But dont expect Dunphy to spend too much time watching his own show. In fact, he doesnt watch television at all. He said he gave it up during college because he felt that watching TV took time away from his studies.
He said hes happy to have worked with the Science Channel, which is under the umbrella of the Discovery Channel.
Inside Out: Bugs follows Dunphy and co-host James Logan as they dissect a cockroach and discuss the various organ systems that have helped make insects some of the most successful and long-lived animals on Earth. The format allows Dunphy and Logan to explore different facets of insect biology and include interviews with various experts who contribute their expertise on the topic.
Im proud to be working with the Science Channel because it has retained the original vision of Discovery, which is to educate people about the natural world, Dunphy said.
Brendan Dunphy, research associate in entomology
An Iowa State University research associate and familiar face to many across the state will hit the airwaves as the host of an internationally broadcast documentary program about insects this week.
Its basically one of the largest ant farms ever known, and its given us an incredible look at the division of labor among the ants. In addition to the queen, there are worker and soldier ants. One of the main points of the program is finding out what ants can teach us about ourselves.
Ill have to watch the shows at a friends house, he explained.
Planet Ant documents a group of scientists as they transplant part of a colony of leafcutter ants in Trinidad to the Glasgow Science Center in Scotland, where the colony is monitored and studied. Dunphy said the transplanted ant colony is thriving, with over a million individual ants including a queen making up its population.
Dunphy hosted a program titled Insects and the City, in which he traveled to New Orleans to explore the citys most exotic and interesting bugs. Insects in the City, which first aired in December on the Science Channel, led to the opportunity to host the two shows airing this week.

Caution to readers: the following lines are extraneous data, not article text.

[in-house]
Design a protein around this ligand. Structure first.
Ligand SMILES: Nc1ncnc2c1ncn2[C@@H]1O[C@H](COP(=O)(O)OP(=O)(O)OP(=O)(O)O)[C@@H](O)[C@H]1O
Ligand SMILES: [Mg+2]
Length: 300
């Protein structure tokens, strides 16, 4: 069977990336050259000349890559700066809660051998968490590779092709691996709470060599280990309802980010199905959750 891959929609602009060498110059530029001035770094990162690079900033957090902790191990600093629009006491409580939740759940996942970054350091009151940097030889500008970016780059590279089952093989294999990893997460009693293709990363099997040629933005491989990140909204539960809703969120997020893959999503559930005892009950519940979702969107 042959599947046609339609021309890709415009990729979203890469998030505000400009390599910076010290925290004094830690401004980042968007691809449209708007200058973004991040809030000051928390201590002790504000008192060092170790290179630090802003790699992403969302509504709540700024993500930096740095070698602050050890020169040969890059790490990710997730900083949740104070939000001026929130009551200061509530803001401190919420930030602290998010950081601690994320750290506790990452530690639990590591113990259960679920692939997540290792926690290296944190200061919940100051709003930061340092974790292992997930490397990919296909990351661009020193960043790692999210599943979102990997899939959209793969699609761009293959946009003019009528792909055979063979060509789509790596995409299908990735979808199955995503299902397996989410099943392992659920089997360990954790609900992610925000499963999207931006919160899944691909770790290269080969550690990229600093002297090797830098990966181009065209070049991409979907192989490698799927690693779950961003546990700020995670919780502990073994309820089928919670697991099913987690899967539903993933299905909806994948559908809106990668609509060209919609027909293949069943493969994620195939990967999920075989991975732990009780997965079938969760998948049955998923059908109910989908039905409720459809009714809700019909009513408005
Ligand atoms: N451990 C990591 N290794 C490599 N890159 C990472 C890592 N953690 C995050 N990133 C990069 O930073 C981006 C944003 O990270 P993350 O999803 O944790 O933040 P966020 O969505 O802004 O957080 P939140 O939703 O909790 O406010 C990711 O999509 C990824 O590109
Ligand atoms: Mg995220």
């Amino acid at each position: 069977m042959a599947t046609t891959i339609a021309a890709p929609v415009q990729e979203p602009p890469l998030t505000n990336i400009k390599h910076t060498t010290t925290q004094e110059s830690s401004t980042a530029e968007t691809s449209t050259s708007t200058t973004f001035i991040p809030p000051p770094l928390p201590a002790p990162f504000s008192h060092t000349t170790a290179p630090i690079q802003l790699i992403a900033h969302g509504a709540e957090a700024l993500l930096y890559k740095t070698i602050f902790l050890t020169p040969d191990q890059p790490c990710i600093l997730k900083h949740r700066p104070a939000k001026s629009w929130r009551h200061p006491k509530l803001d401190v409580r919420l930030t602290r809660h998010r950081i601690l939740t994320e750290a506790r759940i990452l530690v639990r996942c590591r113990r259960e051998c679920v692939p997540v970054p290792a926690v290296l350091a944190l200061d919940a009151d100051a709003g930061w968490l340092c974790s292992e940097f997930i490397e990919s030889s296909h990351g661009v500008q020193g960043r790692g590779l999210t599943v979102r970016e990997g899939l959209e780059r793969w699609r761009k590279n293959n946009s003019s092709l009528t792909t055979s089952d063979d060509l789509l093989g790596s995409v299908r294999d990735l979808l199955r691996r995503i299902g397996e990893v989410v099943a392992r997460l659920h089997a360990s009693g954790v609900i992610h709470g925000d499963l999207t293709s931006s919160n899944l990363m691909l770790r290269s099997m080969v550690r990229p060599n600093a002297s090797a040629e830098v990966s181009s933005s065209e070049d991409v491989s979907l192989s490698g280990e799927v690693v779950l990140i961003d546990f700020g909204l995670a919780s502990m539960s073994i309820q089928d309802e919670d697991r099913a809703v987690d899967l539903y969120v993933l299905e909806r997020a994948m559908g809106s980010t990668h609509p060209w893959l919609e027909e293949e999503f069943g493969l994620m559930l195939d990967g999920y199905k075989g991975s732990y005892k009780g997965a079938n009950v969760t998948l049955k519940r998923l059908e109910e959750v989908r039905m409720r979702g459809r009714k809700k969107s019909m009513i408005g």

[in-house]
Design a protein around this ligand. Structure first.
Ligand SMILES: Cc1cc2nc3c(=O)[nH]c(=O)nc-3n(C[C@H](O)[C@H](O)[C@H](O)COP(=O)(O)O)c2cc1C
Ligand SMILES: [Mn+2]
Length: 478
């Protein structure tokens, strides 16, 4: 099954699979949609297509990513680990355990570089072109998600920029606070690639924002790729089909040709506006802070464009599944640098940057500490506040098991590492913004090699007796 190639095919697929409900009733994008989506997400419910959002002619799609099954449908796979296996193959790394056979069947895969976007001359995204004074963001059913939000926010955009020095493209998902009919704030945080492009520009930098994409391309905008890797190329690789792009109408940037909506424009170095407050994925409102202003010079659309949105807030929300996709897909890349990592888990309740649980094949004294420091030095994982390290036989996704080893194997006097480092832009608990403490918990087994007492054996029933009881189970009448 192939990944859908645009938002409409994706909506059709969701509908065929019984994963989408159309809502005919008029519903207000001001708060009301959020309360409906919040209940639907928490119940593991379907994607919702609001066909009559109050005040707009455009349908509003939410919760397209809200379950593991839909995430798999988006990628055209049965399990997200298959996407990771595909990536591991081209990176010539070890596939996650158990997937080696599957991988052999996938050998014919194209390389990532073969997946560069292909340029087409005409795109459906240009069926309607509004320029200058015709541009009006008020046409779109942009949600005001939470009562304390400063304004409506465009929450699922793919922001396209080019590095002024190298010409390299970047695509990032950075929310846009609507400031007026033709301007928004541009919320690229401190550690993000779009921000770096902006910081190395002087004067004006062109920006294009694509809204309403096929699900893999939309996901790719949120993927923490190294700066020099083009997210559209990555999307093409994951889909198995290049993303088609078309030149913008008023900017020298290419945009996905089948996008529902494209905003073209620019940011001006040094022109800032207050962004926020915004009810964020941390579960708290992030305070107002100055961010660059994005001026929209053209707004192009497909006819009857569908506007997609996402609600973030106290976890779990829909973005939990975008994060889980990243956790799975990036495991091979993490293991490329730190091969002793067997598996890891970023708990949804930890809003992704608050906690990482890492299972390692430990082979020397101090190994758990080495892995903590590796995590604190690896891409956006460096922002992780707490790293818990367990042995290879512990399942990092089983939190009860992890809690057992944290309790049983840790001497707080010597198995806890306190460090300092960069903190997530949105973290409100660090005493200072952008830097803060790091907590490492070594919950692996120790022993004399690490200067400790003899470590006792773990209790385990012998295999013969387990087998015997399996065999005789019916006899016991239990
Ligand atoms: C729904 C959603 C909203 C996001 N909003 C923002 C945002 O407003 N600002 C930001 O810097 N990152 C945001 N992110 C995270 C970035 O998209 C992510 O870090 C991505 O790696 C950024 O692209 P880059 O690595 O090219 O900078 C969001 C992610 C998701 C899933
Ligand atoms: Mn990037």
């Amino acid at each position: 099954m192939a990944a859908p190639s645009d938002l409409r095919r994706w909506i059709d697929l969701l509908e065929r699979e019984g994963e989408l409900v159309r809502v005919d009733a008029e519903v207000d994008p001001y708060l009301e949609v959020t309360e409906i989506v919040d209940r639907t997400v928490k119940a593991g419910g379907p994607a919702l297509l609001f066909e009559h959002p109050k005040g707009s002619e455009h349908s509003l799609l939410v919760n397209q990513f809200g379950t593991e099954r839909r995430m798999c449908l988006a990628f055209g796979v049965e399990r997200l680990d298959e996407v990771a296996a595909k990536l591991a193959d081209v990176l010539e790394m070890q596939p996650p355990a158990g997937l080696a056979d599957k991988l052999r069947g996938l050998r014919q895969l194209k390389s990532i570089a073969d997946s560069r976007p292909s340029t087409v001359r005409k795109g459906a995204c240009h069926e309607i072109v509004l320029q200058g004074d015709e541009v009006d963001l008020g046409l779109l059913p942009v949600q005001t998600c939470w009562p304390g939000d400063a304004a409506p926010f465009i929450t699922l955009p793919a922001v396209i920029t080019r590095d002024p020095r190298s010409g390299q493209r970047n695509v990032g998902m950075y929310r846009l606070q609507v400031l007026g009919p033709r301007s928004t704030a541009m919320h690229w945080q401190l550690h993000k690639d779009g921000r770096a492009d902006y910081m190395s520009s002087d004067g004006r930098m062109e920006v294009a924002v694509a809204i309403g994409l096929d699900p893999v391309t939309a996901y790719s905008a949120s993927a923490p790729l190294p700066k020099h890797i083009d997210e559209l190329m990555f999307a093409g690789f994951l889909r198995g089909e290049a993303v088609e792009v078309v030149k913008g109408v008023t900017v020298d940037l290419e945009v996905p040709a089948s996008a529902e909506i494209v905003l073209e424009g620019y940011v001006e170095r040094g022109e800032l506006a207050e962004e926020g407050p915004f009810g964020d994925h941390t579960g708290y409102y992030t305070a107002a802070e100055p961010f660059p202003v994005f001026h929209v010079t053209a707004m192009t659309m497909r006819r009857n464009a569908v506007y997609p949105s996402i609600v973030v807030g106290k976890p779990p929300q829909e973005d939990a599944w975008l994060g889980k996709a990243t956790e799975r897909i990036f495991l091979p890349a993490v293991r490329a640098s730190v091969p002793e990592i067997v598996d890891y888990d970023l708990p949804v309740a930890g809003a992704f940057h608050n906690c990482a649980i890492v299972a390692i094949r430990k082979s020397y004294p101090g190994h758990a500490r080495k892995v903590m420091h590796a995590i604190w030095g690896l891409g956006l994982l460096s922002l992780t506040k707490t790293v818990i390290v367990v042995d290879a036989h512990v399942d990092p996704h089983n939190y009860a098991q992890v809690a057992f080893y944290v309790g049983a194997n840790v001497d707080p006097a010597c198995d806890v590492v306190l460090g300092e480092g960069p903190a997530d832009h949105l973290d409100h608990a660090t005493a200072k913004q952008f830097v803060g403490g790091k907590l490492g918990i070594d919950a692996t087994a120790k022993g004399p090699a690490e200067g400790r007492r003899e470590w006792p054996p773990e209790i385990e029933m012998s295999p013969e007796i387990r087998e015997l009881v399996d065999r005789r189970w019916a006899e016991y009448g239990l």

AMES, Iowa A research associate in the Iowa State Universityentomologydepartment will hit the airwaves as the host of an internationally broadcast documentary program about insects.
Brendan Dunphy, a familiar face to many across the state as the storyteller in Iowa States Choose Your Adventure television spots, stepped in front of the cameras once again, this time for the Science Channel.
Dunphy said he drew on his previous experience both on stage and in front of the camera throughout the process of shooting the documentaries, but it was his background as a scientist and entomologist that made him the right fit for the programs.
Ames, Iowa 50011, (515) 294-4111. Published by: University Relations,>
A 2007 ISU graduate, Dunphy works as an associate in theISU Medical Entomology Laboratoryas a mosquito biologist. Dunphy first learned of the opportunity to host a Science Channel documentary through one of his former professors who thought Dunphy was right for the job.
Both programs offer viewers unique insight into the world of insects, Dunphy said.
Brendan Dunphy, an ISU research associate in entomology, on set while filming a documentary for the Science rger image. Photo courtesy of Brendan Dunphy.
Its basically one of the largest ant farms ever known, Dunphy said of the project. And its given us an incredible look at the division of labor among the ants. In addition to the queen, there are worker and soldier ants. One of the main points of the program is finding out what ants can teach us about ourselves.
Planet Ant will debut on Tuesday, April 30, at 9 p.m. on the Science Channel and features Dunphy as a host and narrator. Inside Out: Bugs, another Science Channel program starring Dunphy, debuted earlier this month and will begin airing in the United Kingdom on BBC4 this week.